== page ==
The Worcester Telegram has this story about the Pirate Party, which has two nominees on the Massachusetts ballot for the state legislature.
California Gubernatorial Poll: 4% of Respondents Volunteer to Poll-taker that they Will Leave Cast a Blank Ballot for Governor
On October 23, Public Policy Institute of California released a poll for many California races. See the poll here. Scroll down to page seven for the gubernatorial results. Only two candidates are on the ballot, incumbent Democrat Jerry Brown and Republican Neel Kashkari. The results: Brown 52%; Kashkari 36%; will not vote for Governor 4%; undecided 8%.
The pollster did not suggest any option to respondents about not voting; the 4% who said they would leave the ballot blank volunteered that information. California is the only state this year in which voters must either vote for a Democrat or a Republican for the top office on the ballot, or they can’t vote at all. California is one of only six states with only two candidates on the ballot for the top office. Of those six, California is the only one that doesn’t permit write-ins in the general election for partisan office.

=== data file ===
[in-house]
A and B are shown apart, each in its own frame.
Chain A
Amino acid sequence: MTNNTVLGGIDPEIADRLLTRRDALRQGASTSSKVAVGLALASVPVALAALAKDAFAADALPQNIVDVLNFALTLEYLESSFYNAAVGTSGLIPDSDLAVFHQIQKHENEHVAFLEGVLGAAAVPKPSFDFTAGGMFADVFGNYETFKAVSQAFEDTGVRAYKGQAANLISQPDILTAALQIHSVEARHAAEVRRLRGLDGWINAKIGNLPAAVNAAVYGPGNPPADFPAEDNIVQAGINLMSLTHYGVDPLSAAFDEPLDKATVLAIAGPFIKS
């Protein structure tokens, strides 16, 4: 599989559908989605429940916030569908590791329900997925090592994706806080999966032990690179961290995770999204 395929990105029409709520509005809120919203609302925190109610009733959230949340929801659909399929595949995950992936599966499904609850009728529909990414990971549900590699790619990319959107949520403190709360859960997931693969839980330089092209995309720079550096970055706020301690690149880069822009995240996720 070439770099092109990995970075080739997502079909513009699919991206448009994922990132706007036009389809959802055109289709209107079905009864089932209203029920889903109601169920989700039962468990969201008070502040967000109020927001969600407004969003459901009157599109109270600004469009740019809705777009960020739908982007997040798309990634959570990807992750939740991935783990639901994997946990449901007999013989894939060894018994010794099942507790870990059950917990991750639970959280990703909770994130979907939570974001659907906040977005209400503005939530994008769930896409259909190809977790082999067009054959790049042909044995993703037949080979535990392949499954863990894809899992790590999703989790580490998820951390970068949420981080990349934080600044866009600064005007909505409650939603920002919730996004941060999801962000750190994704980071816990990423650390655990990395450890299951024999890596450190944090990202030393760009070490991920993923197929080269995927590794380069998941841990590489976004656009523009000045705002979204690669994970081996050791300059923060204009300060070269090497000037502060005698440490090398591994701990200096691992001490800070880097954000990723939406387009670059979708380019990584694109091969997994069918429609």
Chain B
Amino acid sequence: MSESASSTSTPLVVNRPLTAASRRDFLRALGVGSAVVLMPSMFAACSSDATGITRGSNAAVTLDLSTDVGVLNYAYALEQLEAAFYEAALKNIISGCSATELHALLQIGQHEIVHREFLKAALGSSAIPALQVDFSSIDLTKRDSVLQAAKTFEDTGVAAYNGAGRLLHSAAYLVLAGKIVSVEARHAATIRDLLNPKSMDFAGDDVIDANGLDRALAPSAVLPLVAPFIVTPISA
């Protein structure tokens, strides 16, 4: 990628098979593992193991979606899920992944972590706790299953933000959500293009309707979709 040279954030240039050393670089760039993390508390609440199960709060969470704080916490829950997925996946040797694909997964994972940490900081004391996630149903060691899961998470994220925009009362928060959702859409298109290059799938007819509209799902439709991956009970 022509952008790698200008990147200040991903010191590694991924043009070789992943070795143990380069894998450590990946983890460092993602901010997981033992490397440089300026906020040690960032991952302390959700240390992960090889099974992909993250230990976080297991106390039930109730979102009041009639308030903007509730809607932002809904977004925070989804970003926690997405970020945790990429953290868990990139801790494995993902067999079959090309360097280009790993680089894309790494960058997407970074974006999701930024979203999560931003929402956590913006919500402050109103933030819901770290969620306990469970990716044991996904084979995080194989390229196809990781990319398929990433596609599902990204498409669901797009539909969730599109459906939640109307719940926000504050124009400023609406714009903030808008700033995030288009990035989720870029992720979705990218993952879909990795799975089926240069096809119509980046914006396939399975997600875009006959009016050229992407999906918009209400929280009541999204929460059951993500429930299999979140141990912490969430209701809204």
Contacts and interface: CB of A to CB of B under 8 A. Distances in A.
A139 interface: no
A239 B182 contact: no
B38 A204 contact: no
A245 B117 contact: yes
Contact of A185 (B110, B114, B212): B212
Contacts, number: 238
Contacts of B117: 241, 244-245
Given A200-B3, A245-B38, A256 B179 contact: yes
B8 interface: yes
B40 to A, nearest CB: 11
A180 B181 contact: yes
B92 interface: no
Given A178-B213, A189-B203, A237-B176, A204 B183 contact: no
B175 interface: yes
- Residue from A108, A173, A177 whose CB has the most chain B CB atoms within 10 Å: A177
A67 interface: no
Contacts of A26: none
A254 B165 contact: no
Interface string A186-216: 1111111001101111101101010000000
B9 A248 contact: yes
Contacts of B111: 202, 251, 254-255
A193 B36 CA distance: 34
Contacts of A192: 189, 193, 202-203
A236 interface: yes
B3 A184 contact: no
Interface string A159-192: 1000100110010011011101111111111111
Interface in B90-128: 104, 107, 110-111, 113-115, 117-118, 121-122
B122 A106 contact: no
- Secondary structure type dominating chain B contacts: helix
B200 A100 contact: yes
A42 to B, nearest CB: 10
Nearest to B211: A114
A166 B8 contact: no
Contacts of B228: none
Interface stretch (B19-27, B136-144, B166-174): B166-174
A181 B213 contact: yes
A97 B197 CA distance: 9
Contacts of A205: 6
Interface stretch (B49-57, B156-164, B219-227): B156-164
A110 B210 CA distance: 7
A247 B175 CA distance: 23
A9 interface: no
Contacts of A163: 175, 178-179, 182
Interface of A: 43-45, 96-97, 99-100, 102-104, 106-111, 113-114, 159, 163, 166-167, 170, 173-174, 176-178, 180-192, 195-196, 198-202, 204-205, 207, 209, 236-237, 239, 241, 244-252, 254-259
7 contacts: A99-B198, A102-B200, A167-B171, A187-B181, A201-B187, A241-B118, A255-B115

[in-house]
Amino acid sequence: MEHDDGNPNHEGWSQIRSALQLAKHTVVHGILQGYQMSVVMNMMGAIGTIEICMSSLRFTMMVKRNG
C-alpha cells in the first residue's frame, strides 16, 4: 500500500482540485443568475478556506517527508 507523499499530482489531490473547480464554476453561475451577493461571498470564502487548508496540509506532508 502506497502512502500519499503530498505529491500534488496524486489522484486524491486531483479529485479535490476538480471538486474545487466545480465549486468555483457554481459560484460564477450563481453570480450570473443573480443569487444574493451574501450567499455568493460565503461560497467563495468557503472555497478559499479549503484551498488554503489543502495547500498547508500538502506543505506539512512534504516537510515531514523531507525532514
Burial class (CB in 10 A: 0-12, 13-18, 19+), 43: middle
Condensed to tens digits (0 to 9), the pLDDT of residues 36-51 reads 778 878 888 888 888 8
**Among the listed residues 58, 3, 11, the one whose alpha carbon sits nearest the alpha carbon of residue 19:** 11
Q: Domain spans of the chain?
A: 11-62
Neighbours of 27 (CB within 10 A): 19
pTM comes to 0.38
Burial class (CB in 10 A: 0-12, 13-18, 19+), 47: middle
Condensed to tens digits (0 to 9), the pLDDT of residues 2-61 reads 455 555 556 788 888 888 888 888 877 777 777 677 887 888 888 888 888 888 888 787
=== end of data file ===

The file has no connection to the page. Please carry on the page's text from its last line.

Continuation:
Wisconsin state legislator Brett Hulsey, elected as a Democrat in 2010 and re-elected in 2012, is not running for re-election. He says he has left the Democratic Party and is now an independent. He had been elected from Dane County (the county that contains Madison).
He is running as a write-in candidate for Governor. See this story. Also, see this story. He feels that the Democratic nominee for Governor is not all that different from the state’s Republican governor, who is running for re-election.
According to this story, Sarah Palin recently endorsed Bill Walker for Governor of Alaska. Walker is the independent candidate.
On October 21, a Superior Court in Los Angeles County confirmed that California cities may use cumulative voting for their own elections. Santa Clarita had already agreed to use cumulative voting, but it had asked for a court ruling explicitly saying that cities may choose cumulative voting. Cumulative voting, for elections in which there are several winners, permits voters to cast either one vote for several candidates (typically three), or to give two votes, or even three votes, to a single candidate. See this story.
Burlington, Vermont Voters Will Vote on an Advisory Measure on Letting Resident Non-Citizens Vote in Local Elections
In its March 2015 municipal election, Burlington, Vermont voters will vote on an advisory measure on whether resident non-citizens should be allowed to vote in local and school elections. See this story. Even if the measure passes, policy will not change. To allow the idea would require changing the Vermont State Constitution. Thanks to Electionline for the link.